BMJ Open Diabetes Res Care 2015 9;3(1):e000120. Epub 2015 Oct 9.
Department of Neurobiology , Care Sciences and Society, Centre of Family Medicine, Karolinska Institutet , Stockholm , Sweden ; Center for Molecular Medicine , Karolinska University Hospital , Stockholm , Sweden ; Department of Psychiatry , Tiohundra AB , Norrtälje , Sweden.
Objective: The objectives of this study were to (1) analyze the prevalence of diabetes, prediabetes, and antidiabetic medication in patients with psychosis compared with control subjects and (2) determine what factors in patients with psychosis were associated with antidiabetic medication.
Method: We studied 977 patients with psychosis recruited from outpatient clinics in Stockholm County, Sweden, and they were compared with 3908 non-psychotic control subjects for fasting plasma glucose levels; prevalence of diabetes, prediabetes, antidiabetic treatment, and tobacco use; and blood pressure, weight, height, and waist circumference. Group differences were evaluated with analysis of variance and χ(2) test, and factors associated with antidiabetic treatment were evaluated with logistic regression.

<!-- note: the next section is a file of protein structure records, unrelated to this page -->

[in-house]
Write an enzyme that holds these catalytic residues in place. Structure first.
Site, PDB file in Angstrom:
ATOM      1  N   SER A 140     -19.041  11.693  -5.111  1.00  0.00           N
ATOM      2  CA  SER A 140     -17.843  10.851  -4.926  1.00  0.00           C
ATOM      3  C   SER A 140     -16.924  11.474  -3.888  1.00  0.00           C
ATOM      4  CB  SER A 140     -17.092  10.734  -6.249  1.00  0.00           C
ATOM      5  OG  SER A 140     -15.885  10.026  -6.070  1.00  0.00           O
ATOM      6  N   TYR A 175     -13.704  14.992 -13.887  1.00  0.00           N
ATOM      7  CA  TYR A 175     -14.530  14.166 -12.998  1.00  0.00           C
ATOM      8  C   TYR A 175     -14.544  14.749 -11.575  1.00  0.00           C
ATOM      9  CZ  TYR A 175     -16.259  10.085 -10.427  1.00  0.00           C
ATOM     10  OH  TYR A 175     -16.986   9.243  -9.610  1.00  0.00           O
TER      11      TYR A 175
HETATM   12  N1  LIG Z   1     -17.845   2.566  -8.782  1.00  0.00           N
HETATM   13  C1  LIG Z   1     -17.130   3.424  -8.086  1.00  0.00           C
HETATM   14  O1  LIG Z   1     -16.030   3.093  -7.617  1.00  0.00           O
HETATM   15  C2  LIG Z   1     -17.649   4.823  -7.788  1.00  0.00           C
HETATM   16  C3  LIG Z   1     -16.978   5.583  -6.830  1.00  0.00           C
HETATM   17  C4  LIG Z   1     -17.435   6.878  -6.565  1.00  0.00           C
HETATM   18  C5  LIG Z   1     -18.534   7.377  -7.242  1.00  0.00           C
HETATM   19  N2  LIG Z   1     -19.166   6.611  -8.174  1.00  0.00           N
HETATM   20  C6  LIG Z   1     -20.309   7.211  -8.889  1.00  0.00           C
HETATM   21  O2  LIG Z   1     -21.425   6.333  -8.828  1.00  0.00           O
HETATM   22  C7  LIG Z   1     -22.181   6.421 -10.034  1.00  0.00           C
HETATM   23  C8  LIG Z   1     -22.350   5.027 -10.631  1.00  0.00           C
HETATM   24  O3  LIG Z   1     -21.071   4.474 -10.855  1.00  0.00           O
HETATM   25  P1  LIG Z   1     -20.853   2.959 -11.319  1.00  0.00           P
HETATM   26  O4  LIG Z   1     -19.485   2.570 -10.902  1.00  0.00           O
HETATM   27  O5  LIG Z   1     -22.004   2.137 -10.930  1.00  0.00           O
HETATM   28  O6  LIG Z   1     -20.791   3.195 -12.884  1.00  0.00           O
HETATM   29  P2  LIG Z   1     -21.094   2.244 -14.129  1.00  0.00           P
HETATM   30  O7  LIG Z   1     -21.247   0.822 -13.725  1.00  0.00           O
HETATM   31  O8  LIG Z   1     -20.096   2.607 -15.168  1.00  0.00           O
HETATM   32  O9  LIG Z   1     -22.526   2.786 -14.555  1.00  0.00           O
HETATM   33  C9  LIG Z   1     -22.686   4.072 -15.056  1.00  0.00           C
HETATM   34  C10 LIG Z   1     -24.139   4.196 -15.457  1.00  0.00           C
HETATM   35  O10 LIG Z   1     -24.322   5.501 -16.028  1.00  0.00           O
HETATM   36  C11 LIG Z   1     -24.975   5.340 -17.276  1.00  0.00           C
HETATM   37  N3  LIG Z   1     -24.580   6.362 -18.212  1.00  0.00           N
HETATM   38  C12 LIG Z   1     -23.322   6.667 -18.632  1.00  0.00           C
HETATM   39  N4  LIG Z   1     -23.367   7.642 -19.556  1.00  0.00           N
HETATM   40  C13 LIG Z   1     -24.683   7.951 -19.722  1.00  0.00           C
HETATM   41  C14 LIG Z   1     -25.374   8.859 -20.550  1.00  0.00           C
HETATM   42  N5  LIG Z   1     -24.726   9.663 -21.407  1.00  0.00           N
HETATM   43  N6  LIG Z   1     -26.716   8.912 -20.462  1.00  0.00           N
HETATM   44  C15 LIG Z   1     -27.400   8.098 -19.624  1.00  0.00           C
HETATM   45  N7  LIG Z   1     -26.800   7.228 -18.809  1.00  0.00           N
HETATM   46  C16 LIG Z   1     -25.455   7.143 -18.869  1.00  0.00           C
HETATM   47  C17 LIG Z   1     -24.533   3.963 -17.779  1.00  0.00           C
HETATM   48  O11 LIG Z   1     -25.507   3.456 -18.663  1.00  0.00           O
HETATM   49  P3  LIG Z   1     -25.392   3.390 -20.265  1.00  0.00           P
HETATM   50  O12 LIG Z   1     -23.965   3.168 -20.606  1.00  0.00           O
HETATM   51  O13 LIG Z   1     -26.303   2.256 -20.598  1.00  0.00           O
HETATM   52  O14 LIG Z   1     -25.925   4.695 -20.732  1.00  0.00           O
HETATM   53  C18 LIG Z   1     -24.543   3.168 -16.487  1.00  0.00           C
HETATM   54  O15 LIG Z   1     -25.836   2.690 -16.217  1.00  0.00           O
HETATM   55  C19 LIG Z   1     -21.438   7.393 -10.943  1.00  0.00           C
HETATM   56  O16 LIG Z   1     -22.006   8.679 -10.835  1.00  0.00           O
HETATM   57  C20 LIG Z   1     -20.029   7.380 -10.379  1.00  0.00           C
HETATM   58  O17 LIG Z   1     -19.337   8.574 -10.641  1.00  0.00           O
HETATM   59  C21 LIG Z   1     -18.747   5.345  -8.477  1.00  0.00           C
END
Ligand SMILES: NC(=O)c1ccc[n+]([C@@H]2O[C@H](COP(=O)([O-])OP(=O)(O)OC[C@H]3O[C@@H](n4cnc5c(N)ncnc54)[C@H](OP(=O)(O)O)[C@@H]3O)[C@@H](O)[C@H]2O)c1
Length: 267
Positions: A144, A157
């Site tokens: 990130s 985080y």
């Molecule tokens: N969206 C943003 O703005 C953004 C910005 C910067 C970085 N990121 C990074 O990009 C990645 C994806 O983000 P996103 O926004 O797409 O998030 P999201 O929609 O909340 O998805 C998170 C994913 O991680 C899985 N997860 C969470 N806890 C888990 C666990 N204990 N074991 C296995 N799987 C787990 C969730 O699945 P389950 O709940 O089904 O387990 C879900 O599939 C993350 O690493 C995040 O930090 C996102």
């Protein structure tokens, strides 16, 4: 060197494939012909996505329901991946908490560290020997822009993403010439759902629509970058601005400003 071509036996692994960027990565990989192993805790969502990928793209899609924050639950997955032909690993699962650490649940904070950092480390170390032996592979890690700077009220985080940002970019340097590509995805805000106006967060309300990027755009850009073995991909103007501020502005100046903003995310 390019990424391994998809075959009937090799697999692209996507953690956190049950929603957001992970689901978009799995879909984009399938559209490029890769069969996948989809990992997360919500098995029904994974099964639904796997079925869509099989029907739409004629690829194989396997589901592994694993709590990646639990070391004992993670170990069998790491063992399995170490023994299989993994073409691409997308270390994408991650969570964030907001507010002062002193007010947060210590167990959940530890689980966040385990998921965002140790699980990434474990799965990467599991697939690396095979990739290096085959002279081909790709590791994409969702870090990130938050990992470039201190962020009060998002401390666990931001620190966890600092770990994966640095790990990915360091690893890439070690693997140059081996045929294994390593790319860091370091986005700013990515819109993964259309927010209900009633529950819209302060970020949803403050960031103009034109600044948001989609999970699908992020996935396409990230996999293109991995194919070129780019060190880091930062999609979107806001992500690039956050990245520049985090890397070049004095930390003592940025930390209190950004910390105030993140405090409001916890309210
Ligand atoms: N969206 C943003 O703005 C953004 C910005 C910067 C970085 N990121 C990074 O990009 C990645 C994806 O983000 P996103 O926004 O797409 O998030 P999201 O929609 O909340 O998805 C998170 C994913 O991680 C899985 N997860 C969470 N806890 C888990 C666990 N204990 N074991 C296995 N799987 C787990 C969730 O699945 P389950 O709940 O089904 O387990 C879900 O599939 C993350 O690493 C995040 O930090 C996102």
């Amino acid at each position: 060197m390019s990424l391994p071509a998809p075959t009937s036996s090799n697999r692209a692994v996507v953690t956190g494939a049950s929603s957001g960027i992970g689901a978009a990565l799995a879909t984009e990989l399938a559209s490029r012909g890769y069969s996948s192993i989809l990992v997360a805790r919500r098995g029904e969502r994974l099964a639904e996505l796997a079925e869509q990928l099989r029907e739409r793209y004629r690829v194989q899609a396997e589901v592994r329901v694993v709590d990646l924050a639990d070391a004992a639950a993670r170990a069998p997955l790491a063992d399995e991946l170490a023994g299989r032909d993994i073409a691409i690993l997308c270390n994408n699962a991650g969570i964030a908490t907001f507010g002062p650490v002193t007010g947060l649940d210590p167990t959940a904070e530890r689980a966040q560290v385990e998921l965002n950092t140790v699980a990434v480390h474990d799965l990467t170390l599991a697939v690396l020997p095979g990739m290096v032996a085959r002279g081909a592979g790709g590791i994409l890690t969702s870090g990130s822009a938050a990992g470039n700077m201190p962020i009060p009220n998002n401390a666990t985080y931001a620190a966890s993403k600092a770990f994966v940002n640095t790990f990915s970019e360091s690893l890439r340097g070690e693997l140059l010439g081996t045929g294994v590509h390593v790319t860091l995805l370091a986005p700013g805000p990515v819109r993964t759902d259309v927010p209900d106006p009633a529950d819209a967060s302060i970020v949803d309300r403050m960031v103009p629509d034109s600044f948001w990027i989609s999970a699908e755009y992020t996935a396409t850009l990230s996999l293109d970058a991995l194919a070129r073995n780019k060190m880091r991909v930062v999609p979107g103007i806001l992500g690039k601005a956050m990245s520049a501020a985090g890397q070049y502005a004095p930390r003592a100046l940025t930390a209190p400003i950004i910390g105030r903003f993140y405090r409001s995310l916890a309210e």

Results: Diabetes was observed in 94 (10%) patients with psychosis, 2.7 times the prevalence observed in control subjects. Among patients with psychosis, 87 (10%) had prediabetes (fasting glucose, 6.1-6.9 mmol/L) compared with 149 (3.8%) control subjects. Most patients with psychosis (77%) who had prediabetes fulfilled criteria for metabolic syndrome. In patients with psychosis, both lipid-lowering medication and fasting glucose were significantly associated with antidiabetic treatment. There was no significant relation between antidiabetic treatment and lifestyle factors such as smoking or degree of psychiatric illness.
Conclusions: The high prevalence of impaired fasting glucose and metabolic syndrome in patients with psychosis warrants further clinical research in preventing or delaying the onset of diabetes in these patients by pharmacotherapy and/or lifestyle intervention.